The examples that follow will give you an idea of the clever shortcuts possible when defining keyboard maps.
Add text whenever you move to the end of a word:
map e ea
Most of the time, the only reason you want to move to the end of
a word is to add text. This map sequence puts you in text-input mode
Note that the mapped key,
e, has meaning in vi.
You're allowed to map a key that is already used by vi,
but the key's normal function will be unavailable as long
as the map is in effect. This isn't so bad in this case, since
E command is often identical to
In the remaining examples, we assume that
e has been mapped
map q :w^M:n^M
Notice that you can map keys to ex commands, but be sure
to finish each ex command with a RETURN.
This sequence makes it easy to move from one file to the next
and is useful when you've opened many short files with one vi
Mapping the letter
q helps you
remember that the sequence is similar to a "quit."
Put troff emboldening codes (\fB and \fP) around a word:
map v i\fB^[e\fP^[
This sequence assumes that the cursor is at the beginning of the word. First, you enter text-input mode, then you type the code for bold font. (In map commands, you don't need to type two backslashes to produce one backslash.) Next, you return to command mode by typing aESC. Finally, you append the closing troff code at the end of the word, and you return to command mode. Of course, the map is not limited to troff font codes. You can use it to enclose a word in parentheses or C comment characters, to name just a few applications.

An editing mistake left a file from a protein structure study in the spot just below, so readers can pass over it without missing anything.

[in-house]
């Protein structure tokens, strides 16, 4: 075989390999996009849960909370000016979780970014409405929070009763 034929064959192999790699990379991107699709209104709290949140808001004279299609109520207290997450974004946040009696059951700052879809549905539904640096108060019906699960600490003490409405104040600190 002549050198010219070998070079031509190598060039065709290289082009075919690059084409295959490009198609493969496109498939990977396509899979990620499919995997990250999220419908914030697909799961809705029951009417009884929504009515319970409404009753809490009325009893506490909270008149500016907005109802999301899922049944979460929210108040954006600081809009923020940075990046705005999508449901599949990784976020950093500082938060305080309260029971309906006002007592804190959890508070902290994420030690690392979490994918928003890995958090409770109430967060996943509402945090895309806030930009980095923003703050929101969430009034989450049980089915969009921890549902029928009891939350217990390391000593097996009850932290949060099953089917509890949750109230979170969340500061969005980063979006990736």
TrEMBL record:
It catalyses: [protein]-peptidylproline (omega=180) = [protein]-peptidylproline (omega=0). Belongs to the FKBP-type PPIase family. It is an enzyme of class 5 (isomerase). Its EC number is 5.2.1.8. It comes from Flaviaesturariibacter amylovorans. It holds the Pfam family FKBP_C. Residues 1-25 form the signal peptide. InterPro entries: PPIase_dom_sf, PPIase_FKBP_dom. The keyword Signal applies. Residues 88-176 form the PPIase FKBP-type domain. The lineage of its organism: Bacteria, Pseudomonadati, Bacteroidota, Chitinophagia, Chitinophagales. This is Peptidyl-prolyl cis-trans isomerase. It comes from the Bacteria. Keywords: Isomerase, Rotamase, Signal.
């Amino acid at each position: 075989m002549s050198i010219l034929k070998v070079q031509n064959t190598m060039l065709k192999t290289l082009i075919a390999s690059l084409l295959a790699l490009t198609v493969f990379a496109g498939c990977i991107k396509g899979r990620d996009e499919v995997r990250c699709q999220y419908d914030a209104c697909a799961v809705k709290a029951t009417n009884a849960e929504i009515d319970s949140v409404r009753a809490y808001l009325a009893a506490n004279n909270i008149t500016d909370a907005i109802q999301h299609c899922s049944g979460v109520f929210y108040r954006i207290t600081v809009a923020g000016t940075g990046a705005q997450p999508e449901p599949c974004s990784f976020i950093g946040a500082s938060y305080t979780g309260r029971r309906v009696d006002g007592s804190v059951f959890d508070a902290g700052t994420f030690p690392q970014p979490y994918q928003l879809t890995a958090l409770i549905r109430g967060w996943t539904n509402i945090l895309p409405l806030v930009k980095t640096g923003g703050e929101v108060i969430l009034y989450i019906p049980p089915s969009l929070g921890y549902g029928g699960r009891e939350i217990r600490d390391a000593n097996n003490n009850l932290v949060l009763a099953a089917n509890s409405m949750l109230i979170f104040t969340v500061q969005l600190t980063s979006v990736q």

This example shows you that map sequences are allowed to contain
other map commands (the
e is already mapped to
The ability to use nested map sequences is
controlled by vi's
which is normally
Put troff emboldening codes around a word, even when the cursor is not at the beginning of the word:
map V lbi\fB^[e\fP^[
This sequence is the same as the previous one, except that it
handle the additional task of positioning the cursor at the
beginning of the word. The cursor might be in the middle of the
word, so you want to move to the beginning with the
But if the cursor were already at the beginning of the
b command would move the cursor to the previous
word instead. To guard against that case,
l before moving back with
b, so that
the cursor never starts on the first letter of the word.
You can define variations of this sequence by replacing the
B and the
In all cases though, the
l command prevents this sequence
from working if the cursor is at the end of a line.
(To get around this, you could add a space to the end of the word
before typing the keymap.)
- from O'Reilly & Associates' Learning the vi Editor, Chapter 7